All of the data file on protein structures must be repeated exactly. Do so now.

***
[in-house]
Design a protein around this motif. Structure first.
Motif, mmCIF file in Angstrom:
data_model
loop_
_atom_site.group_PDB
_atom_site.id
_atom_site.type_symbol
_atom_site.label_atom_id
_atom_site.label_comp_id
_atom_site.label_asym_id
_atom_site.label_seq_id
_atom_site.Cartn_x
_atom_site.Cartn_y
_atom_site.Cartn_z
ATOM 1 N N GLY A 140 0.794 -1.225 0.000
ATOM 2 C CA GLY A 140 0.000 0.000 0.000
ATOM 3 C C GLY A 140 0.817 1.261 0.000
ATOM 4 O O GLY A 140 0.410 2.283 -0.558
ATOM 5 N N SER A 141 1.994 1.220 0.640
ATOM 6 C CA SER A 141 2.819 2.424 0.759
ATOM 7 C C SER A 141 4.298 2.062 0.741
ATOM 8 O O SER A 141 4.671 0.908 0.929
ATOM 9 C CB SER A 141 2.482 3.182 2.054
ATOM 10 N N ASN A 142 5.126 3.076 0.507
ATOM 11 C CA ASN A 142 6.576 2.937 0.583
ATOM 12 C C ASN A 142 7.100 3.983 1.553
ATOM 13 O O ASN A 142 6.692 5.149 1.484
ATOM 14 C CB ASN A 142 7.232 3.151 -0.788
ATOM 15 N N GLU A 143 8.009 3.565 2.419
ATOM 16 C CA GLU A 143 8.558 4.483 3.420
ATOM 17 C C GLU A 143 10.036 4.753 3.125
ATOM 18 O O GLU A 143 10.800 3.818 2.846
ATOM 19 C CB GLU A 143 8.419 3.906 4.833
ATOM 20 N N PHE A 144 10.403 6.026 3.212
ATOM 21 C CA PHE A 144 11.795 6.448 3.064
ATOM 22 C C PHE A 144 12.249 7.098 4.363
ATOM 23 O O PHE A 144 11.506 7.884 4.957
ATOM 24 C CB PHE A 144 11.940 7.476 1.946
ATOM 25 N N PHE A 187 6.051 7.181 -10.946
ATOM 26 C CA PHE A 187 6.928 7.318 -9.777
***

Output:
[in-house]
Design a protein around this motif. Structure first.
Motif, mmCIF file in Angstrom:
data_model
loop_
_atom_site.group_PDB
_atom_site.id
_atom_site.type_symbol
_atom_site.label_atom_id
_atom_site.label_comp_id
_atom_site.label_asym_id
_atom_site.label_seq_id
_atom_site.Cartn_x
_atom_site.Cartn_y
_atom_site.Cartn_z
ATOM 1 N N GLY A 140 0.794 -1.225 0.000
ATOM 2 C CA GLY A 140 0.000 0.000 0.000
ATOM 3 C C GLY A 140 0.817 1.261 0.000
ATOM 4 O O GLY A 140 0.410 2.283 -0.558
ATOM 5 N N SER A 141 1.994 1.220 0.640
ATOM 6 C CA SER A 141 2.819 2.424 0.759
ATOM 7 C C SER A 141 4.298 2.062 0.741
ATOM 8 O O SER A 141 4.671 0.908 0.929
ATOM 9 C CB SER A 141 2.482 3.182 2.054
ATOM 10 N N ASN A 142 5.126 3.076 0.507
ATOM 11 C CA ASN A 142 6.576 2.937 0.583
ATOM 12 C C ASN A 142 7.100 3.983 1.553
ATOM 13 O O ASN A 142 6.692 5.149 1.484
ATOM 14 C CB ASN A 142 7.232 3.151 -0.788
ATOM 15 N N GLU A 143 8.009 3.565 2.419
ATOM 16 C CA GLU A 143 8.558 4.483 3.420
ATOM 17 C C GLU A 143 10.036 4.753 3.125
ATOM 18 O O GLU A 143 10.800 3.818 2.846
ATOM 19 C CB GLU A 143 8.419 3.906 4.833
ATOM 20 N N PHE A 144 10.403 6.026 3.212
ATOM 21 C CA PHE A 144 11.795 6.448 3.064
ATOM 22 C C PHE A 144 12.249 7.098 4.363
ATOM 23 O O PHE A 144 11.506 7.884 4.957
ATOM 24 C CB PHE A 144 11.940 7.476 1.946
ATOM 25 N N PHE A 187 6.051 7.181 -10.946
ATOM 26 C CA PHE A 187 6.928 7.318 -9.777